5

This is a question about xelatex, even though I mention LyX here.

My goal is to produce an RTL table with one row, two columns, which looks more or less like that:

                                                                      +---+---+
                                                                      | 2 | 1 |
                                                                      +---+---+

I tried to produce it in LyX and then exported to XeTeX and got the following code:

%% LyX 2.0.8.1 created this file.  For more info, see http://www.lyx.org/.
%% Do not edit unless you really know what you are doing.
\documentclass[english,hebrew]{article}
\usepackage{fontspec}
\setmainfont[Mapping=tex-text]{David CLM}

\makeatletter

%%%%%%%%%%%%%%%%%%%%%%%%%%%%%% LyX specific LaTeX commands.
%% Because html converters don't know tabularnewline
\providecommand{\tabularnewline}{\\}

\makeatother

\usepackage{xunicode}
\usepackage{polyglossia}
\setdefaultlanguage{hebrew}
\setotherlanguage{english}
\begin{document}
\begin{tabular}{|c|c|}
\hline 
{\beginL 2\endL} & {\beginL 1\endL}\tabularnewline
\hline 
\end{tabular}
\end{document}

It seems opposite, and indeed, when compiling this tex file with xelatex I get an opposite table:

                                                                      +---+---+
                                                                      | 1 | 2 |
                                                                      +---+---+

So I figured out this is a LyX bug, but before "solving" it, LyX people like to be sure what the correct XeTeX code should be. Is it simply the columns switched, as I thought? Or perhaps something else is wrong there?

  • It could be a "feature" rather than a bug. – John Kormylo Jul 21 '15 at 14:13
  • @JohnKormylo but I'm not sure the on-screen LyX display should be different from the PDF display. – scottkosty Jul 21 '15 at 14:41
  • From my understanding, the table itself is not entered RTL in the source, but LTR and then will automatically be made RTL by bidi. (Also the \beginL and \endL code isn't necessary, nor are the global language options, (and a few other things) but I assume you can't change this since it's generated by LyX. – Alan Munn Jul 24 '15 at 0:59
  • @AlanMunn how would one enter the table RTL in the source? – scottkosty Jul 24 '15 at 2:20
  • @scottkosty I don't know about LyX but in the code above the first column at the left will be the first column on the right when typeset in RTL mode. – Alan Munn Jul 24 '15 at 2:24
1
+50

By writing \setdefaultlanguage{hebrew} you set the entire document Right-to-Left by default, which affects also the order of table columns. This has to do with the bidi package that is loaded by polyglossia. By the way, the commands \beginL and \endL are not needed when using these packages.

So, LyX should produce the opposite columns order in RTL mode. Note also that if you load polyglossia you don't need to load fontspec not xunicode.

So the code should be the following:

\documentclass[english,hebrew]{article}
\usepackage{polyglossia}
\setmainfont[Mapping=tex-text]{David CLM}

\providecommand{\tabularnewline}{\\}

\setdefaultlanguage{hebrew}
\setotherlanguage{english}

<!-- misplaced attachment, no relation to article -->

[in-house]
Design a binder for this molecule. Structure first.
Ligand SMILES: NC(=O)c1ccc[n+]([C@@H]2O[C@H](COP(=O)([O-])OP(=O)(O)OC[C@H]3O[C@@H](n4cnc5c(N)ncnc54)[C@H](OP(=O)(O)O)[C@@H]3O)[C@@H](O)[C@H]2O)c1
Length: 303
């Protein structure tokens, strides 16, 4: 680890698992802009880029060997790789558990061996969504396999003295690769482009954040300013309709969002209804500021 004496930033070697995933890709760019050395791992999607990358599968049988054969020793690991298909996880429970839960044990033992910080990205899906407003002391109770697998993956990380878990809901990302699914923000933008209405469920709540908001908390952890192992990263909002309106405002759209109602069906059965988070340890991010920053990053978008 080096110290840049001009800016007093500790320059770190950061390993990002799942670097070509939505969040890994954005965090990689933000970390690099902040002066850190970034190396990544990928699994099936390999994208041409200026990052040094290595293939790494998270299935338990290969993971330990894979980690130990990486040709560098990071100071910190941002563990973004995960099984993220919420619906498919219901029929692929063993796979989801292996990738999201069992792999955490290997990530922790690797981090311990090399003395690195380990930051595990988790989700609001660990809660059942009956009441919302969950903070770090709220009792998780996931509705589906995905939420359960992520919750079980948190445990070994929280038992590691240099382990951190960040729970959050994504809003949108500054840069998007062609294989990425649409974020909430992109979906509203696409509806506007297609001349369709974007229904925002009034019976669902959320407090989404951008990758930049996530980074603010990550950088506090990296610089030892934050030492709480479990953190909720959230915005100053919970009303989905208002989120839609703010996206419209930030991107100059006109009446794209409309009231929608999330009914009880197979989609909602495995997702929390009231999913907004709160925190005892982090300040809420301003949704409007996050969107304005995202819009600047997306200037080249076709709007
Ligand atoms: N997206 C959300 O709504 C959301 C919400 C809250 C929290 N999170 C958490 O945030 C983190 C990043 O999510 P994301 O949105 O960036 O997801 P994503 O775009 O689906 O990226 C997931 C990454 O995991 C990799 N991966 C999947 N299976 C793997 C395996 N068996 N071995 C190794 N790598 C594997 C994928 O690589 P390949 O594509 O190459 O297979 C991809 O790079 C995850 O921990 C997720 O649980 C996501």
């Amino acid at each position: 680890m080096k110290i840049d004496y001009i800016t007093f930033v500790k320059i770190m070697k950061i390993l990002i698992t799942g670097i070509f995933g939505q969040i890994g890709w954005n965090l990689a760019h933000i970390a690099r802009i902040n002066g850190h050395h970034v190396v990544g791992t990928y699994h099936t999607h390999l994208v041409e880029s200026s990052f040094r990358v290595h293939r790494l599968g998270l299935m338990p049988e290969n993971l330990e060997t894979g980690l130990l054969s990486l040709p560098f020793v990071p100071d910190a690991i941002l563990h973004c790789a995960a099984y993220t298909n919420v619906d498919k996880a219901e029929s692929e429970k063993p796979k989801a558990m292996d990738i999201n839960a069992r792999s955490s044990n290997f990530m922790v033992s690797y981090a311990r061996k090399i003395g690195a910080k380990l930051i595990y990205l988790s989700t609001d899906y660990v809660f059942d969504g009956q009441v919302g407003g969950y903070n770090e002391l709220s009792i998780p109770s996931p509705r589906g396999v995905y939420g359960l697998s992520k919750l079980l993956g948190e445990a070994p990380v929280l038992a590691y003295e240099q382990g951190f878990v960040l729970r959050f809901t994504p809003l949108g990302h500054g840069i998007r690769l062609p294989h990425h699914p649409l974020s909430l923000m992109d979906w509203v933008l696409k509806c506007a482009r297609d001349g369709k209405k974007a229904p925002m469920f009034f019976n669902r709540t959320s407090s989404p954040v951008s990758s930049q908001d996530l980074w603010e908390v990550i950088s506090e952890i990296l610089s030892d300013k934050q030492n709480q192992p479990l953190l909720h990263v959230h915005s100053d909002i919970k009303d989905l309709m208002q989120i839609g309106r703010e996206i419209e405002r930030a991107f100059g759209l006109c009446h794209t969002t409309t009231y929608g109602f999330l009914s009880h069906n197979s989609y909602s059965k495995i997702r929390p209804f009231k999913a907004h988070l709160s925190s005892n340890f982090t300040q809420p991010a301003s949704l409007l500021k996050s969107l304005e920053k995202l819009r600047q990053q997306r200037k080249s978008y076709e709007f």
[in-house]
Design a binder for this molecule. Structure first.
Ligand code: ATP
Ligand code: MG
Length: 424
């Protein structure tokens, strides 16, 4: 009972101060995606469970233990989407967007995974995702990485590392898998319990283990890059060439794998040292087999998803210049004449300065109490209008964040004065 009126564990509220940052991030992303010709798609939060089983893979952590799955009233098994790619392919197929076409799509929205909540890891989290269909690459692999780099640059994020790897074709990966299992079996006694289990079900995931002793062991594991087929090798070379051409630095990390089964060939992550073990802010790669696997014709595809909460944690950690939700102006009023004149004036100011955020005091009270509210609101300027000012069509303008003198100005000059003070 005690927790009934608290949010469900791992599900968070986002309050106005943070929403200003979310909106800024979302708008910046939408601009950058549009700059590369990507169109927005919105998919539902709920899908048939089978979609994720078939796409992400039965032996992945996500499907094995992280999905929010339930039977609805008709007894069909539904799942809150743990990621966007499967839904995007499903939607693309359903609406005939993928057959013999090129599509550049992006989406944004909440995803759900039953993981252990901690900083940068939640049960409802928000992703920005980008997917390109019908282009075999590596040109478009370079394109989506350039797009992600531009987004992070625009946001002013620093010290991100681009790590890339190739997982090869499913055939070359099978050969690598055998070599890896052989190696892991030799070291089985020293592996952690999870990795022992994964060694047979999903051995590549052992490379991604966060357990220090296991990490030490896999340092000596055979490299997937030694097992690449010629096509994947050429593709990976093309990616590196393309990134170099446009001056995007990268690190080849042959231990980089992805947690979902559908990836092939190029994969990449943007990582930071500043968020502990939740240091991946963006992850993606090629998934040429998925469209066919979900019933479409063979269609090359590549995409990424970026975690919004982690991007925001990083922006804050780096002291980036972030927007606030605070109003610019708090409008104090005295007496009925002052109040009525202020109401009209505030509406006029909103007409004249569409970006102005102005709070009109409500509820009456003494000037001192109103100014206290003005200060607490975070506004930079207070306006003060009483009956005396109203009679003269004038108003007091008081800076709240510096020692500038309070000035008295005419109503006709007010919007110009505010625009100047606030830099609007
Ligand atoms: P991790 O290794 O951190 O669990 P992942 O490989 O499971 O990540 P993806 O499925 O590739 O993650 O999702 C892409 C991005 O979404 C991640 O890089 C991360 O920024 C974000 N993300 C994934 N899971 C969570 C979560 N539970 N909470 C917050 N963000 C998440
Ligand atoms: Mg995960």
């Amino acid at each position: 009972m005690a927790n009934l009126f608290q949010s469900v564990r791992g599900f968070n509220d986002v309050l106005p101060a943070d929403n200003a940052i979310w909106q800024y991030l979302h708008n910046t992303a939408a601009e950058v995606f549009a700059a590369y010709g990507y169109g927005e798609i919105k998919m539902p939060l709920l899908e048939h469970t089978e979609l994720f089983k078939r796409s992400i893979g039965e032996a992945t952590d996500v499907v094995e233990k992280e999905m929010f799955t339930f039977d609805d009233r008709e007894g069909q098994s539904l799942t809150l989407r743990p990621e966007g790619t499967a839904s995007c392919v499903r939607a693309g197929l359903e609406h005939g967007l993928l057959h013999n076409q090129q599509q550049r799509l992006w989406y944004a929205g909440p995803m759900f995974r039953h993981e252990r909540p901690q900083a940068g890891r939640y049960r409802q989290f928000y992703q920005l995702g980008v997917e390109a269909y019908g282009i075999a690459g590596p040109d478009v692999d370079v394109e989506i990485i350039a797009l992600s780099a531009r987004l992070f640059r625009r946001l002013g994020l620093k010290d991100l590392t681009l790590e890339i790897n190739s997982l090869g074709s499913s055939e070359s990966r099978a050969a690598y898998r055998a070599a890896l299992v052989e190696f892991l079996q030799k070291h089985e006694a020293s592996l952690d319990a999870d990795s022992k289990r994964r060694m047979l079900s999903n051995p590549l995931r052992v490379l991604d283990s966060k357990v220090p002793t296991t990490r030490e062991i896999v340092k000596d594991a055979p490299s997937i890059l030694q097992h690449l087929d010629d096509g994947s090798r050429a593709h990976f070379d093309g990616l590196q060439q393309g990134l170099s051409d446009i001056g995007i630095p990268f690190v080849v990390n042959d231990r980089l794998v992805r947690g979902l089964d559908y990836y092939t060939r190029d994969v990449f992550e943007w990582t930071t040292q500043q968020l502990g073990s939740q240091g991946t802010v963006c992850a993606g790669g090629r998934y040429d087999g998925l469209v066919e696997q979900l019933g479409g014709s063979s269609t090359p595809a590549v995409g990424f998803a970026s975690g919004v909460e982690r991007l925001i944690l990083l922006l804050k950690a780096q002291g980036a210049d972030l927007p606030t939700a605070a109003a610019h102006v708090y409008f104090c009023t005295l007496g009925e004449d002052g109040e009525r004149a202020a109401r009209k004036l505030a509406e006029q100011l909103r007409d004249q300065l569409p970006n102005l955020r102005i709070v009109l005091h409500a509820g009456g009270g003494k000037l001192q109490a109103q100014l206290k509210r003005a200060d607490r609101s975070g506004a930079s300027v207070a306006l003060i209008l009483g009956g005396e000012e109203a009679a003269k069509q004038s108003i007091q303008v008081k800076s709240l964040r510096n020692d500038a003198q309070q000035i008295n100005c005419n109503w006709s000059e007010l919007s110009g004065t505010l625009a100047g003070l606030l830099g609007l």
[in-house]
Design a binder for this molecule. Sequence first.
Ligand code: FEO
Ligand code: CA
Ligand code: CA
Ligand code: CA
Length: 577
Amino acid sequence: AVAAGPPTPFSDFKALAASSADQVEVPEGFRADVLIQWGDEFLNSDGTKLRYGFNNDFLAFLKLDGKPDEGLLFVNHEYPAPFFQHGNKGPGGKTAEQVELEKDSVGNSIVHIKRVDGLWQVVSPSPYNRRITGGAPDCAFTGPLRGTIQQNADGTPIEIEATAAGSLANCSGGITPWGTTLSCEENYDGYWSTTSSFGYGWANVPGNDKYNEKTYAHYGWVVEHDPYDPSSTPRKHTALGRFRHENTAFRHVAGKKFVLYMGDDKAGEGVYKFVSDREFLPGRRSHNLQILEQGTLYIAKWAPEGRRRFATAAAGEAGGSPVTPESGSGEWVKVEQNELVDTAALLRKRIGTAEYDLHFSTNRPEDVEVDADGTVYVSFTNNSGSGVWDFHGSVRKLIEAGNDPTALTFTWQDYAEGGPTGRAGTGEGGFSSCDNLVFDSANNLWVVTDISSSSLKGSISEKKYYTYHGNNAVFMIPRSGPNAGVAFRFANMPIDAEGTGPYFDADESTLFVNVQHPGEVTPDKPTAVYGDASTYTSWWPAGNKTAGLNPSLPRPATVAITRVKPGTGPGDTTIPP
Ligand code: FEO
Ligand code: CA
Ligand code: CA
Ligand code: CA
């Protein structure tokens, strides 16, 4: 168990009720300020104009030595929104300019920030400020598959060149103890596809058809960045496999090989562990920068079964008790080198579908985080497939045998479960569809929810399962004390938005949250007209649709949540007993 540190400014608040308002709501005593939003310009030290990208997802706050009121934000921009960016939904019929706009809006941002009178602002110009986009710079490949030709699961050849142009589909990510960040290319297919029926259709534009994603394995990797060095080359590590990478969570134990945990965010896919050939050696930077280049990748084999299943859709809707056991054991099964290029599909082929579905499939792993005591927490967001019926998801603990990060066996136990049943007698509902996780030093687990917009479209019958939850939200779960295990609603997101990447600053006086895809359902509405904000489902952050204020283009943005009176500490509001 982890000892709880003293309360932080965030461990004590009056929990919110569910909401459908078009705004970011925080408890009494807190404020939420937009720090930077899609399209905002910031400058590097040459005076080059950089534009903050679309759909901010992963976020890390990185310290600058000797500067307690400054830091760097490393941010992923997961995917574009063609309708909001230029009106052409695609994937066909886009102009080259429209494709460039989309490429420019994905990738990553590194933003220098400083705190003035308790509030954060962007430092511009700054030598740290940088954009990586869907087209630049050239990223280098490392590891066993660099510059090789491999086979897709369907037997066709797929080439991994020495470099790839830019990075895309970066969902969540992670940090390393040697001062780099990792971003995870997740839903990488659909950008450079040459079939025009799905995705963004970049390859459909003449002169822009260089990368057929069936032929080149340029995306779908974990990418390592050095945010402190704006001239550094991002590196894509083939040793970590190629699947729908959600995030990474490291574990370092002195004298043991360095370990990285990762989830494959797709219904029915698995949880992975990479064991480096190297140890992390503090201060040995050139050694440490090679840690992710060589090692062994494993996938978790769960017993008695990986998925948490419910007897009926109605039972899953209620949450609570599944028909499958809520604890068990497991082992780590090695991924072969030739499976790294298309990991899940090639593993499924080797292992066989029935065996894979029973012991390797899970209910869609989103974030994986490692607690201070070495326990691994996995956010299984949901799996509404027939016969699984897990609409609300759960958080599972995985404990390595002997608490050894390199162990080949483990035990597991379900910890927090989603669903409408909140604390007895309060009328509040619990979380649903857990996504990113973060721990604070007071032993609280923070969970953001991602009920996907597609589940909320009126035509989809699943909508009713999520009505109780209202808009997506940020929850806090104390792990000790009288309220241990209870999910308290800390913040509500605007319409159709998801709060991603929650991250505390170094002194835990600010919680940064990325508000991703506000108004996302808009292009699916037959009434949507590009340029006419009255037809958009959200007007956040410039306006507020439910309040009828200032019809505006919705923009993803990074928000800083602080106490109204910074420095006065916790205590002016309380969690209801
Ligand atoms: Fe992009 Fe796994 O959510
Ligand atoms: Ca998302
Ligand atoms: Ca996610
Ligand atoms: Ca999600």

\begin{document}
\begin{tabular}{|c|c|}
\hline 
1 & 2 \tabularnewline
\hline 
\end{tabular}
\end{document}
  • Thanks Ariel. Let's see if I understand this (I'm new to RTL and bidi) --- The reason why we input it LTR into LaTeX is because that is what we "mean". That is, we mean that 1 should be in "row 1" and 2 should be in "row 2". When we compile, "row 1" is determined to start from the right because it is RTL. Is that the correct intuition? – scottkosty Jul 24 '15 at 16:30
  • @scottkosty Yes, that's a good way of thinking about it. (Substituting 'column' for 'row', which I assume is what you meant.) – Alan Munn Jul 24 '15 at 19:18
  • @AlanMunn Ah yes thanks for the correction. OK this is good to know. – scottkosty Jul 24 '15 at 21:24
  • Can you confirm that when you say "are not needed when using these packages", that \beginL and \endL are never useful when using the polyglossia package? From what I understand, polyglossia is smart and knows that e.g. Hebrew should be RTL so it is not necessary to say it explicitly. I guess that babel is not as smart and that is why it is necessary with babel? – scottkosty Jul 24 '15 at 21:28
  • @scottkosty bidi uses \beginL etc. internally, but they are not user level commands in general. bidi does provide different user level commands and environments for embedding RTL text within LTR and vice versa. I know nothing about RTL languages and babel so I can't help you with your second question. – Alan Munn Jul 24 '15 at 22:48
-1

The easy way is:

Write your table like this

                                                                      +---+---+
                                                                  | 1 | 2 |
                                                                  +---+---+

After you generate pdf you get:

                                                                      +---+---+
                                                                  | 2 | 1 |
                                                                  +---+---+

I used this idea always time.

  • 1
    Your answer is not so clear. How do you write the table in the Latex code? – Ariel Aug 4 '15 at 12:17

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